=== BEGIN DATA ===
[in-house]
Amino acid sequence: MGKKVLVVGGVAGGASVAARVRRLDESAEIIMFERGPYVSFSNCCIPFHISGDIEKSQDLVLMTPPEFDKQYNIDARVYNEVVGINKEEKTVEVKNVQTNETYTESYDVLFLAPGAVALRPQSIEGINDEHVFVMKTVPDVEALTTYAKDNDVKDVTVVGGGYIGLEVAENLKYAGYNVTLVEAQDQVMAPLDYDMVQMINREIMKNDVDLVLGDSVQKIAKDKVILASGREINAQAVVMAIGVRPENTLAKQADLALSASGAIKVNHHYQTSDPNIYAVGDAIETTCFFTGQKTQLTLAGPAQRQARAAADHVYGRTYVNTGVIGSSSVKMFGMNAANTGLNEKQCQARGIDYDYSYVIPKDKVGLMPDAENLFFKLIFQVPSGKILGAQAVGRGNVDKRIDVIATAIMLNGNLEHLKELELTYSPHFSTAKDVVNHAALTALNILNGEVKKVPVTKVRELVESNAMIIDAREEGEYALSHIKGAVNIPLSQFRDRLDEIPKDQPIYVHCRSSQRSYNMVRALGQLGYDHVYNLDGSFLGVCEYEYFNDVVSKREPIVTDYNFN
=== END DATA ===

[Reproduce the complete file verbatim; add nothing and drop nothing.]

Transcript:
[in-house]
Amino acid sequence: MGKKVLVVGGVAGGASVAARVRRLDESAEIIMFERGPYVSFSNCCIPFHISGDIEKSQDLVLMTPPEFDKQYNIDARVYNEVVGINKEEKTVEVKNVQTNETYTESYDVLFLAPGAVALRPQSIEGINDEHVFVMKTVPDVEALTTYAKDNDVKDVTVVGGGYIGLEVAENLKYAGYNVTLVEAQDQVMAPLDYDMVQMINREIMKNDVDLVLGDSVQKIAKDKVILASGREINAQAVVMAIGVRPENTLAKQADLALSASGAIKVNHHYQTSDPNIYAVGDAIETTCFFTGQKTQLTLAGPAQRQARAAADHVYGRTYVNTGVIGSSSVKMFGMNAANTGLNEKQCQARGIDYDYSYVIPKDKVGLMPDAENLFFKLIFQVPSGKILGAQAVGRGNVDKRIDVIATAIMLNGNLEHLKELELTYSPHFSTAKDVVNHAALTALNILNGEVKKVPVTKVRELVESNAMIIDAREEGEYALSHIKGAVNIPLSQFRDRLDEIPKDQPIYVHCRSSQRSYNMVRALGQLGYDHVYNLDGSFLGVCEYEYFNDVVSKREPIVTDYNFN